A study from the Vall d'Hebron Hospital shows that dog-assisted therapy is effective in the treatment of fetal alcohol syndrome

A study from the Vall d'Hebron Hospital shows that dog-assisted therapy is effective in the treatment of fetal alcohol syndrome

  • It is the first study in the world that has evaluated the efficacy of assisted therapy with dogs in children suffering fetal alcohol syndrome (FAS)
  • Vall d'Hebron, with the collaboration of CTAC and the Probitas Foundation, was already the first center in the world, in 2018, to use assisted therapy with dogs to treat this pathology
  • The study has shown that children with FAS who do therapy with dogs enhance their social skills, better regulate their behavior and show an improvement in the severity of the disorder

A study carried out by professionals from the Vall d'Hebrón Psychiatry Service in collaboration with CTAC (Center for Dog Assisted Therapies) and the Probitas Foundation, shows that dog-assisted therapy is effective in patients suffering from fetal alcohol syndrome (FAS). Fetal alcohol syndrome is a pathology related to alcohol consumption during pregnancy. As explained by Dr. Nuria Gómez, psychiatrist and head of the Fetal Alcohol Syndrome Program of the Vall d'Hebrón Psychiatry Service, "drinking alcohol during pregnancy can cause damage to the development of the central nervous system. These damages cause the patients present diverse symptoms, such as cognitive, psychological, behavioral and social problems ". Patients have difficulties in emotional control and behavioral self-regulation, difficulties in understanding social rules, deficits in daily life skills, social skills and learning. Without a proper diagnosis and approach, they can suffer from school failure, drugs abuse, and legal problems. Most of the patients who come to the consultation are children and adolescents. But this pathology also affects adults, since there is no cure, although it can improve.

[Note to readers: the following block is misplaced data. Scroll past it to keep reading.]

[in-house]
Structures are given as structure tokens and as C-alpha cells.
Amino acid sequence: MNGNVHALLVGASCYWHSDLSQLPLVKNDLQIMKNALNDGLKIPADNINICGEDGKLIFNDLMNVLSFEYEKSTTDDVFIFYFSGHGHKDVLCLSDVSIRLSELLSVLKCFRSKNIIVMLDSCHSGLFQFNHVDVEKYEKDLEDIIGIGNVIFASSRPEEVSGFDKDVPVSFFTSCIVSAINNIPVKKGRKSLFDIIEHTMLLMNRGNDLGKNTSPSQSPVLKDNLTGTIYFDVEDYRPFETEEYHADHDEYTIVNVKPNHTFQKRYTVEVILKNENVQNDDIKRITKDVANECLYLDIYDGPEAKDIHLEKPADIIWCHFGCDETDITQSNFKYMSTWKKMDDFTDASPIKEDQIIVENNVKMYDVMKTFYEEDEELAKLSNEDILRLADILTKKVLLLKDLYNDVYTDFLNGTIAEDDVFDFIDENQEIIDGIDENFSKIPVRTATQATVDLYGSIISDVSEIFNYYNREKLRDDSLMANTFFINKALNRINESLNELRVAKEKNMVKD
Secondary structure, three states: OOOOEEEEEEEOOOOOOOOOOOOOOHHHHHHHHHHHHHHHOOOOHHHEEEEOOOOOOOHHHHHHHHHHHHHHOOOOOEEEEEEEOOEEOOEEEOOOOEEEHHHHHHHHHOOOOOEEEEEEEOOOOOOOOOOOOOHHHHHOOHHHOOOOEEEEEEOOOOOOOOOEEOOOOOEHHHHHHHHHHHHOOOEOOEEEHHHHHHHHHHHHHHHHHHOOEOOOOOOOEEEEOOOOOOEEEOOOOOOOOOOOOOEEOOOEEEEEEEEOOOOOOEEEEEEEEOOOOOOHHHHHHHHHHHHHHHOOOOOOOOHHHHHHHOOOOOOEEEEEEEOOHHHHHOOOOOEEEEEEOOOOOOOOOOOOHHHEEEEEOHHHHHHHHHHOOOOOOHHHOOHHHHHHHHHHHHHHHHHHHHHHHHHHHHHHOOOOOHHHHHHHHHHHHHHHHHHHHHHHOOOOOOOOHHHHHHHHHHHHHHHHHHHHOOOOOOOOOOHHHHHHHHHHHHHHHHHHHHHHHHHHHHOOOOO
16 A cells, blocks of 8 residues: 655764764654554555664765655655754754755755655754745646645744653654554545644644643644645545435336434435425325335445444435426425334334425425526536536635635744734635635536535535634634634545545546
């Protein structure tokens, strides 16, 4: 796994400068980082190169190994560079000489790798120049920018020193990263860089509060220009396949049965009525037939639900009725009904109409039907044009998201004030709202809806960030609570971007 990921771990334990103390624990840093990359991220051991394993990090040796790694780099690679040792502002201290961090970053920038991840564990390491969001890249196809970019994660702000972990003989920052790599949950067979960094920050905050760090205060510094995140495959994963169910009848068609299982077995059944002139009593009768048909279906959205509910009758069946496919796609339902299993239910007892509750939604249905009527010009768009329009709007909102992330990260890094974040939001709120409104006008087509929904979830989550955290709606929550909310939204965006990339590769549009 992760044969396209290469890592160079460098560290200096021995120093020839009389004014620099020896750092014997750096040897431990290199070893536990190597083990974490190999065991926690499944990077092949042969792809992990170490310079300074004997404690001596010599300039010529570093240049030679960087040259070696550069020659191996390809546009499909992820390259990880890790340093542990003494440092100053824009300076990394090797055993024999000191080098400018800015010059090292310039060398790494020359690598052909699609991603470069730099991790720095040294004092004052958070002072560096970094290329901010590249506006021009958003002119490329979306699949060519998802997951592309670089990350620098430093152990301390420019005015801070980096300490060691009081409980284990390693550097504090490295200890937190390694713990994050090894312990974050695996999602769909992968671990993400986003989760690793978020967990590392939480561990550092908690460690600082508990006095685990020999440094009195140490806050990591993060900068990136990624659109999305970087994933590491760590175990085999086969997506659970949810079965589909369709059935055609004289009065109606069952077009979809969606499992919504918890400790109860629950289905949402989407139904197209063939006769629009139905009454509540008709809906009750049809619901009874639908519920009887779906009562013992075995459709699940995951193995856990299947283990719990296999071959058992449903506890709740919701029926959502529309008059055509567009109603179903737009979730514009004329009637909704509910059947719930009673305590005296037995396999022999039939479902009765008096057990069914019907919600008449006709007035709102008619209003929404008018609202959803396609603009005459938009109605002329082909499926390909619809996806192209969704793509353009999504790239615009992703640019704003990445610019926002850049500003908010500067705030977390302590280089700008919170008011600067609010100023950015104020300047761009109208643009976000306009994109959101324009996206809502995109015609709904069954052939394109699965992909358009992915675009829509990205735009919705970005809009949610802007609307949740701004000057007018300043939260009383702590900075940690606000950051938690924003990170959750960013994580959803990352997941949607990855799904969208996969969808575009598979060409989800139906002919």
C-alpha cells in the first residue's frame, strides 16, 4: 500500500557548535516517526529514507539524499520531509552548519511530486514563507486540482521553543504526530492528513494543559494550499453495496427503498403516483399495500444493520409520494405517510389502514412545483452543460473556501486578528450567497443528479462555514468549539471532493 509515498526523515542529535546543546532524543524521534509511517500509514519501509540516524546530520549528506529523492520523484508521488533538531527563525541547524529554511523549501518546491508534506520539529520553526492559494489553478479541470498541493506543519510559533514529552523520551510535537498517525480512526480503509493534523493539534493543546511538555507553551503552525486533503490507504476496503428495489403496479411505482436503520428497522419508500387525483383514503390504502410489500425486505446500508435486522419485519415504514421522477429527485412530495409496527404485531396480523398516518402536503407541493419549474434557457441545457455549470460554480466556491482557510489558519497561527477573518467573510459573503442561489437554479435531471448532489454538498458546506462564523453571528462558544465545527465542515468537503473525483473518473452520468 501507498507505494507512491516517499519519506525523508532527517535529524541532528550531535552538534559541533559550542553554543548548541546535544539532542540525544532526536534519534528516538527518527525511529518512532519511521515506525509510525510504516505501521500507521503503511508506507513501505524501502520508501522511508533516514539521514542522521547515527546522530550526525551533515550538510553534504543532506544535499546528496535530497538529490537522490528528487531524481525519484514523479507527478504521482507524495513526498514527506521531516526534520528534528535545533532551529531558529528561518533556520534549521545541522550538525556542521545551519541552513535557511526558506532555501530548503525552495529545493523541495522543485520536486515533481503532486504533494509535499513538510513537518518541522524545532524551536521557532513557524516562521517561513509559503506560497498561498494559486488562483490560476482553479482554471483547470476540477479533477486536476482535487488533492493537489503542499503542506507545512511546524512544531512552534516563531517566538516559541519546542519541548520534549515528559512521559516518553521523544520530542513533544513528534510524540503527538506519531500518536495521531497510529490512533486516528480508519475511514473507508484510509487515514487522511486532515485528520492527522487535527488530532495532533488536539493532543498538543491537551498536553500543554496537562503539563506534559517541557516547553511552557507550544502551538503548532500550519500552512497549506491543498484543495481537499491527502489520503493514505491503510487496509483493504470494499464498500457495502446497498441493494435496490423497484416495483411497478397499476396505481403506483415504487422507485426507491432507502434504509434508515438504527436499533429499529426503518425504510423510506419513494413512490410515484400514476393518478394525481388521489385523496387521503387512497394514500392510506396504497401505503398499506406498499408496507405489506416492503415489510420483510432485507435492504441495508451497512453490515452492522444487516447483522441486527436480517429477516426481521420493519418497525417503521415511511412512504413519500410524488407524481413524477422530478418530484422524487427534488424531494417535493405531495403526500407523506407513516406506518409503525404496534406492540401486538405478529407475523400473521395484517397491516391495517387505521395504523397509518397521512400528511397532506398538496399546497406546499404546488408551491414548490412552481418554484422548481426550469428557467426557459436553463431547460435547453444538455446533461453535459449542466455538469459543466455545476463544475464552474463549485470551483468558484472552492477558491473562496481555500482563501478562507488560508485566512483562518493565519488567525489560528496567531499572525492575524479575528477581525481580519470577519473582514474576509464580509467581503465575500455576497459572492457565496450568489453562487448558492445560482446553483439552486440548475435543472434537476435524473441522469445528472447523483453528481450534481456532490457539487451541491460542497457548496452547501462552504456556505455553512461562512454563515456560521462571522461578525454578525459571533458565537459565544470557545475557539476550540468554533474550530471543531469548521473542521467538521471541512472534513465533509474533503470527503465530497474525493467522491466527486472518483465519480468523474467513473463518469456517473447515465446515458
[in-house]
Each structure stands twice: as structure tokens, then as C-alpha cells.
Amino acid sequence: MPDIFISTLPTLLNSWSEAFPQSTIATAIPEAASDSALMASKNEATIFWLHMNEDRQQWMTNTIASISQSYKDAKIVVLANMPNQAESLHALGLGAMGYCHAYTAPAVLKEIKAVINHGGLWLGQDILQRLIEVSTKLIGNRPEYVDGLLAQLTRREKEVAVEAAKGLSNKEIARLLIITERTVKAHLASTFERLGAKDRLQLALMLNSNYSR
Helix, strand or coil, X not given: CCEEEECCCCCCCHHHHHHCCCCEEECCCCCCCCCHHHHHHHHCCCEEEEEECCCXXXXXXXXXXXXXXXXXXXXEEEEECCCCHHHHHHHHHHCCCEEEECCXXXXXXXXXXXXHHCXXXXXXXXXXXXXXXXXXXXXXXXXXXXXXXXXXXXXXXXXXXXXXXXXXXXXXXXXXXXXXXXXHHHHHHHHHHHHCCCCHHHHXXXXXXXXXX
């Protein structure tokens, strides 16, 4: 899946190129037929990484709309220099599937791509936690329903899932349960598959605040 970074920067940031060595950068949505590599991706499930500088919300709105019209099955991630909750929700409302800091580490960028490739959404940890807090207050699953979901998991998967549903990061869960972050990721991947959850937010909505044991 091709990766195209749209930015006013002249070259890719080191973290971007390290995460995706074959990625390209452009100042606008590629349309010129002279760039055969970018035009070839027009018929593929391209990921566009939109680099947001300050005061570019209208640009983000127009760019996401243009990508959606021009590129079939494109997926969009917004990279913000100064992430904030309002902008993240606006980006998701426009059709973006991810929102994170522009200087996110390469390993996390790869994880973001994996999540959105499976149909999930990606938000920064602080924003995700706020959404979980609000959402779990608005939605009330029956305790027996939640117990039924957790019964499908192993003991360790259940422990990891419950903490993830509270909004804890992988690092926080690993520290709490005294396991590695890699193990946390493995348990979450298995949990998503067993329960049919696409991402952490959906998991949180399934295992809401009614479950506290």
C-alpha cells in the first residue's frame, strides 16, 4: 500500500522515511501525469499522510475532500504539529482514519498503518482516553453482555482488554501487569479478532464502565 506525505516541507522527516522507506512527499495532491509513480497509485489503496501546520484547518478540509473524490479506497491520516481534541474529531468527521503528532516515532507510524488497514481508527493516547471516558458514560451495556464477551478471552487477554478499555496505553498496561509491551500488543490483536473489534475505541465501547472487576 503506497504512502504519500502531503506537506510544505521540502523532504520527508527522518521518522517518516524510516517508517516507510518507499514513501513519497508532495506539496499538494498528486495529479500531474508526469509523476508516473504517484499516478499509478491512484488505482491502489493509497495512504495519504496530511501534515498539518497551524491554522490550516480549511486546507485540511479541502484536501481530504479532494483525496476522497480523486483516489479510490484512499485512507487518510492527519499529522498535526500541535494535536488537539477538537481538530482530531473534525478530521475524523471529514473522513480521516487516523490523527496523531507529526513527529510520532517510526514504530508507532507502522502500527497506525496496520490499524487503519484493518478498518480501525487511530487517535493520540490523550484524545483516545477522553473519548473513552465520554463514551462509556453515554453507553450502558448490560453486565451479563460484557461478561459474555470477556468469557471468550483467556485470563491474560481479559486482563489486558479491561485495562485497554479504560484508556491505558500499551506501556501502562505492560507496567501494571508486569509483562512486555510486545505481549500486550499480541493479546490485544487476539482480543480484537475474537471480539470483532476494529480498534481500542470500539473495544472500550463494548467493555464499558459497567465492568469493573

In 2018, Vall d'Hebron, with the collaboration of CTAC and the Probitas Foundation, was the first center in the world to use dog-assisted therapy to treat fetal alcohol syndrome. In these sessions, patients interact with dogs in therapies led by a psychologist and with the presence of a CTAC technique. In each therapy, a series of objectives are set (such as improving tolerance to frustration) that are worked with different exercises. As Laura Vidal, a psychologist in the Fetal Alcohol Syndrome Program, explains, patients with FAS have many problems communicating through verbal language. For these patients, "dogs are facilitators of therapy, since, with another type of language, they mobilize affective and communicative resources in patients". Patients connect emotionally with dogs thanks to the help of the psychologist and technique, and through play.

Improvements in three major aspects of the pathology

As Dr. Nuria Gómez indicates, "Now, we have carried out the world's first scientific study to evaluate the efficacy of dog-assisted therapy in minors with fetal alcohol syndrome." In this study, 33 patients between 6 and 18 years of age participated. They were divided into two groups: patients receiving only pharmacological therapy and patients receiving dog-assisted therapy and pharmacological therapy. There were first six individual sessions and then six group sessions. The main conclusions are that children with FAS who do therapy with dogs have a bigger improvement in their social skills than those from the other group, also, they better regulate their behavior and achive a general improvement in their disorder. In this sense, as Laura Vidal adds, "we have seen that, thanks to dog-assisted therapy, patients communicate better with the family and express their feelings better, present fewer risky behaviors, better self-regulate, become less frustrated, they control their impulsivity better and have fewer tantrums. "

The implementation of assisted therapy with dogs in Vall d'Hebron is the result of an agreement with the Probitas Foundation and the collaboration of CTAC. Vall d'Hebron does a multidisciplinary follow-up of these patients, as they participate in the treatment, through the Psychiatry Service and in their diagnosis, also through this Service, the Genetics Area and the Neurology, Radiology and Neurophysiology Services. The Ophthalmology and Endocrinology Services also participate in assessing possible complications. In Vall d'Hebron more than 400 children and adolescents have already been treated with this pathology in the last three years.